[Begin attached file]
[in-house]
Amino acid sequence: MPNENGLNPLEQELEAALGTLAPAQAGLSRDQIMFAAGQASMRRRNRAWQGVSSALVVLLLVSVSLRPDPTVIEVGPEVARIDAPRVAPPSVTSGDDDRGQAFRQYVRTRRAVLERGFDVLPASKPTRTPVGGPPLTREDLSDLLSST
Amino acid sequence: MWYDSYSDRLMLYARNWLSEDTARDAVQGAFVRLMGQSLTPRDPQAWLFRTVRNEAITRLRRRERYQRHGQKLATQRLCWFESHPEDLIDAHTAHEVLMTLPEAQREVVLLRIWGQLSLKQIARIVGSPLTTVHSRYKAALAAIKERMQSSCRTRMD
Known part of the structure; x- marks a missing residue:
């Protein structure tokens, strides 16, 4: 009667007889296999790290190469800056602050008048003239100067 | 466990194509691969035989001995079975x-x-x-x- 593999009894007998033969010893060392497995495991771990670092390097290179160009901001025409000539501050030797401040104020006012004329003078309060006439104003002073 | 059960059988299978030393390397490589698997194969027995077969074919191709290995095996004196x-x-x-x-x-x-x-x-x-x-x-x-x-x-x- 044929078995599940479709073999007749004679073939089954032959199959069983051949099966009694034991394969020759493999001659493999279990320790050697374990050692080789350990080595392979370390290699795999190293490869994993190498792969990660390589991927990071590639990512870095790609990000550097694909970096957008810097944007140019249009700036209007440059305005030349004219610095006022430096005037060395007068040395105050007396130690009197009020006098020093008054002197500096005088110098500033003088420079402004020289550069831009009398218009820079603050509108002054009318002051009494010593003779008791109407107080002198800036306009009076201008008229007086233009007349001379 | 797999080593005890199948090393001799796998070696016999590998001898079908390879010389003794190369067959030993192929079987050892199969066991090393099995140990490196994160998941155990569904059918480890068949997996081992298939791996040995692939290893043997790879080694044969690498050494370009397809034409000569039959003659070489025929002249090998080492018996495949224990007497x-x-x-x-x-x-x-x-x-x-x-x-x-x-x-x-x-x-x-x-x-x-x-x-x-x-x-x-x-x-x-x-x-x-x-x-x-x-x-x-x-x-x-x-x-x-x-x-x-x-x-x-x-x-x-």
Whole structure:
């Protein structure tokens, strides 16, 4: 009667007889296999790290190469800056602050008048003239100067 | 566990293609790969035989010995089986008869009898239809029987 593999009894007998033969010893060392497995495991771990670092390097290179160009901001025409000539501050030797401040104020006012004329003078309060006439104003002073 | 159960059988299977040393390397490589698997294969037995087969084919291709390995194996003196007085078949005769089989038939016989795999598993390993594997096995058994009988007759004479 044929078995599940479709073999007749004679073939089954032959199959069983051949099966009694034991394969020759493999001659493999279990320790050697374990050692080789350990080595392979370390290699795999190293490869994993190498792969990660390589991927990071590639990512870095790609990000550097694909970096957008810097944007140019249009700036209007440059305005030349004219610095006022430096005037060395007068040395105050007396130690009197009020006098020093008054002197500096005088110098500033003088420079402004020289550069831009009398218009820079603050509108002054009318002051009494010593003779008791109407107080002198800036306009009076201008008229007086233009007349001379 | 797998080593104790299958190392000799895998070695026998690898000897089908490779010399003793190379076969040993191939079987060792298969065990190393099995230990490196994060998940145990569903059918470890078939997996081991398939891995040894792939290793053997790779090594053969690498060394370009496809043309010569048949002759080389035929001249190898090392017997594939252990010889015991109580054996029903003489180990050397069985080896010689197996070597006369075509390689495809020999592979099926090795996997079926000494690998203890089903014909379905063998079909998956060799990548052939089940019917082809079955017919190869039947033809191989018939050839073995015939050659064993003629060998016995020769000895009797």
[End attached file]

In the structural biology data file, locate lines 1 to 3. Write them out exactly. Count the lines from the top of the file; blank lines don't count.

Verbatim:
[in-house]
Amino acid sequence: MPNENGLNPLEQELEAALGTLAPAQAGLSRDQIMFAAGQASMRRRNRAWQGVSSALVVLLLVSVSLRPDPTVIEVGPEVARIDAPRVAPPSVTSGDDDRGQAFRQYVRTRRAVLERGFDVLPASKPTRTPVGGPPLTREDLSDLLSST
Amino acid sequence: MWYDSYSDRLMLYARNWLSEDTARDAVQGAFVRLMGQSLTPRDPQAWLFRTVRNEAITRLRRRERYQRHGQKLATQRLCWFESHPEDLIDAHTAHEVLMTLPEAQREVVLLRIWGQLSLKQIARIVGSPLTTVHSRYKAALAAIKERMQSSCRTRMD